Hawaii Five-0 Morrison Has Left the Building: Kids and Teachers Good Luck

by Paul Gregoire

So, there’s a life-threatening virus spreading throughout the community at a rapid pace, and Scott Morrison is doing the best that he can in implementing COVID-19 precautionary measures. However, it seems that in his haste, the prime minister has misread some of the instructions.

Following a special meeting of the National Cabinet on Sunday evening, the PM announced new emergency restrictions, including the closure of bars, indoor sporting facilities, entertainment venues, and places of worship, while restaurants and cafes are now take away only.

These are all measures that were very publicly recommended by around 2,500 doctors in an open letter addressed to health minister Greg Hunt the weekend prior. Although, the very first recommendation put forth – school closures – was left off Morrison’s list.

Indeed, besides recalcitrant Victorian premier Daniel Andrews, all other state premiers and chief ministers agreed to keep these virus incubators open. And the PM cited concerns over missing an entire year of schooling as the main reason for keeping kids grouped together during a “plague”.

Then to top things off, on Monday, Morrison closed down federal parliament after an economic stimulus package had been rushed through, indicating that what’s good for teachers and school students, certainly isn’t good for the prime minister and his Canberra cronies.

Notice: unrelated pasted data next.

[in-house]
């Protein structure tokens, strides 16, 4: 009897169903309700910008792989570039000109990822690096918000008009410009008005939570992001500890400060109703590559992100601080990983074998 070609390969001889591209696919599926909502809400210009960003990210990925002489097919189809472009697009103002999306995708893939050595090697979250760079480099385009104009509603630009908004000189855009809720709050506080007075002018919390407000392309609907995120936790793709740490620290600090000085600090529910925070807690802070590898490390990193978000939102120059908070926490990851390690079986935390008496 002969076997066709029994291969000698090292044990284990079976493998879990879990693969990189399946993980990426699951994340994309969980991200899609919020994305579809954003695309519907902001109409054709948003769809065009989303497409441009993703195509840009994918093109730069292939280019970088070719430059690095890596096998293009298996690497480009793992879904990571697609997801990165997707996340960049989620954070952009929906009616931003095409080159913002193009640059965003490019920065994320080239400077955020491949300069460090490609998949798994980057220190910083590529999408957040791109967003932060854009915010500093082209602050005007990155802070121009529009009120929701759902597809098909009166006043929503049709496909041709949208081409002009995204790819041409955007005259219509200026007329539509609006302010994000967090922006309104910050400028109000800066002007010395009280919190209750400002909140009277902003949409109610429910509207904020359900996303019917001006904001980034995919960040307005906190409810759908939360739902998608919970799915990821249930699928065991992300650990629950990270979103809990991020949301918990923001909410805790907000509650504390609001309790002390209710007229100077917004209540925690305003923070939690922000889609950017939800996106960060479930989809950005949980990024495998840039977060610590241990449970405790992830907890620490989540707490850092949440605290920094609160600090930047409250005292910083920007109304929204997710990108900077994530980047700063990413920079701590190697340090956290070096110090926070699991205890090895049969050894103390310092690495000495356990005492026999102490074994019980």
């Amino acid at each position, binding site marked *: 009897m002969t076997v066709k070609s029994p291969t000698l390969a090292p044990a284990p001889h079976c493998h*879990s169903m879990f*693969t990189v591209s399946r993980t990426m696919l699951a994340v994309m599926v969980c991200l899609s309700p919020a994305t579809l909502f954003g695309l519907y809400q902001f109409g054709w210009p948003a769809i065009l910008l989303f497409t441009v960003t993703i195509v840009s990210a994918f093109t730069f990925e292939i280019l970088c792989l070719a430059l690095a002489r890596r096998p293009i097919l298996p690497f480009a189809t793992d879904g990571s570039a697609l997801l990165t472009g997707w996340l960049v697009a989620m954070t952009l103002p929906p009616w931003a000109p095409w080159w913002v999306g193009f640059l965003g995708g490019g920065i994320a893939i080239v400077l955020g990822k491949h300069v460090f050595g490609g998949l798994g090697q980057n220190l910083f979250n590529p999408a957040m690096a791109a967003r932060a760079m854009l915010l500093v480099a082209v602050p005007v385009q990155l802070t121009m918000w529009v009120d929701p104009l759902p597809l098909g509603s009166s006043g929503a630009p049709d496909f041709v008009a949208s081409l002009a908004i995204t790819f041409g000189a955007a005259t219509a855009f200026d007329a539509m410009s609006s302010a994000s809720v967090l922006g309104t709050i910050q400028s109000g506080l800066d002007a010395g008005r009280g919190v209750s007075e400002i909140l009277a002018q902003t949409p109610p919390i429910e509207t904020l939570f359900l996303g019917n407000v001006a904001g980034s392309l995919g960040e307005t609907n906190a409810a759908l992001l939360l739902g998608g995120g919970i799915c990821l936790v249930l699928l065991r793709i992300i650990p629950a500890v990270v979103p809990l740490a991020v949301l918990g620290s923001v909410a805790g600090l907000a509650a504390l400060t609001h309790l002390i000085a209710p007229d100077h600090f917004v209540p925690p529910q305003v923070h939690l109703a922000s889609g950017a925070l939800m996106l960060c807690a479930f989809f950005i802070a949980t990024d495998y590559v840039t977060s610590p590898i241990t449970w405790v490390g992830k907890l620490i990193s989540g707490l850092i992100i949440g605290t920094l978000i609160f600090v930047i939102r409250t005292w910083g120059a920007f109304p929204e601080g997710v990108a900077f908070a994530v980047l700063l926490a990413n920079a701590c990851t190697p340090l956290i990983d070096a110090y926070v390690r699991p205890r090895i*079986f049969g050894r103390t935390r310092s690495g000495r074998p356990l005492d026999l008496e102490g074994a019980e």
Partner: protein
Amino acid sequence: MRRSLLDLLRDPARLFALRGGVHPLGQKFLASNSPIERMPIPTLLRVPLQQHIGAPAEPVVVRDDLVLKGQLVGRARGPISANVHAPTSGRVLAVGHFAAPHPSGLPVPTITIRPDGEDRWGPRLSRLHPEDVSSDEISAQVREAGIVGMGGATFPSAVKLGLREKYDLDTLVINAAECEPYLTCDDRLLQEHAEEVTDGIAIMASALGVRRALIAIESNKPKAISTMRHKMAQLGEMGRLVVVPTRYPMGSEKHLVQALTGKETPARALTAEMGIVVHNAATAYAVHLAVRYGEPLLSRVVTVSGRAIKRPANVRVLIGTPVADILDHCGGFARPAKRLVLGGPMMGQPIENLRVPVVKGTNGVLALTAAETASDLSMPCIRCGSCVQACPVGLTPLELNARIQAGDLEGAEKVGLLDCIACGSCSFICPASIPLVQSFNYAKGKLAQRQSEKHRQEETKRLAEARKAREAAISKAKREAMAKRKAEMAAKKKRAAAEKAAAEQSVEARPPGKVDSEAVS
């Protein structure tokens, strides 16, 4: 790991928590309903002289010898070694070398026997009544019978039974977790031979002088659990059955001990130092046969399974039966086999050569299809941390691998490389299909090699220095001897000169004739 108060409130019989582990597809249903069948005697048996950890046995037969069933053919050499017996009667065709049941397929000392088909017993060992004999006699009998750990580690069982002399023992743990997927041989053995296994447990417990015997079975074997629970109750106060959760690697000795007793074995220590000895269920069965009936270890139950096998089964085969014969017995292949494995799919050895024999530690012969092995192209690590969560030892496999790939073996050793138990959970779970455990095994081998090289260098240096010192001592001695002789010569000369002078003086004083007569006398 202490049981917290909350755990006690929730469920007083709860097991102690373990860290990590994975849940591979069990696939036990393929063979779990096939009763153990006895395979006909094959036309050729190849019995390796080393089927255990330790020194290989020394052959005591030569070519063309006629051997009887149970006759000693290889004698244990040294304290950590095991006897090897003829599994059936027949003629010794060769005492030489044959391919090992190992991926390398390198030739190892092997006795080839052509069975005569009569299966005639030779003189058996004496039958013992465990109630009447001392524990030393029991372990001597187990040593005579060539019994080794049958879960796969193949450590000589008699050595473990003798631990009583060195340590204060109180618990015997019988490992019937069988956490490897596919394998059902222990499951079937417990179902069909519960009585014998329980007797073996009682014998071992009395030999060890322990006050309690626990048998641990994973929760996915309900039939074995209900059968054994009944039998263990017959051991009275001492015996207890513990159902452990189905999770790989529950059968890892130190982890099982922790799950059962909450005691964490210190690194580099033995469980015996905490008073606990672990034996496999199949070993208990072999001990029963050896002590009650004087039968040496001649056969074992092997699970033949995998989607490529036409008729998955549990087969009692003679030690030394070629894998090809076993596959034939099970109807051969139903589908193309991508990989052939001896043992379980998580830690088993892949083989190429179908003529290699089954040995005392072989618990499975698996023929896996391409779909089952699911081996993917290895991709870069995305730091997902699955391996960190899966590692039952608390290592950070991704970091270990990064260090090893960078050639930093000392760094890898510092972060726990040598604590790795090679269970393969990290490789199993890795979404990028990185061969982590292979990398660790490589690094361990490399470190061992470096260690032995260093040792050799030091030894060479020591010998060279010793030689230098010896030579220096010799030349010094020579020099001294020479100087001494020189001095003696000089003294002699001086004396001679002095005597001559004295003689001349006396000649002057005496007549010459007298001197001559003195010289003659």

The parliamentary shutdown

This week was to be the last sitting week of federal parliament prior to the May budget, but following yesterday’s meeting of the chambers, federal politicians are no longer set to convene again until 11 August.

And while postponing the federal budget until October due to the uncertainty of the financial system now that tens of thousands of Australians lost their jobs overnight and are lining outside Centrelink offices, abandoning the centre of government in a time of crisis seems rather suspect.

Opposition leader Anthony Albanese made clear that he wanted the now cancelled five weeks of sitting to go ahead. He told reporters that it’s important for parliament to function even in a restricted manner, as the running of the nation shouldn’t be left solely to the executive.

And Greens leader Adam Bandt pointed to the unknown impacts that the coronavirus is likely to have over the coming weeks, which could lead the government to have to take as yet unclarified major actions, requiring “capacity to work out whether more changes will need to be made”.

However, while closing down federal parliament, which is comprised of around 220 politicians may be a sound safety measure for the onset COVID, it does seem to confound the assertion that sending millions of kids to school to practice their own social distancing is the safest option.

Lambs to the…

According to UNESCO, over 100 hundred countries have implemented nationwide COVID-related school closures, while most others have got localised closures in place. Looking at the map the agency has provided, it’s noted that Australia stands out in stark contrast to most other nations.

The main reason government has given for leaving schools open is that parents who work in essential services – such as healthcare – need to send their children somewhere. However, critics point out that measures could be set in place for these kids without continuing school for all.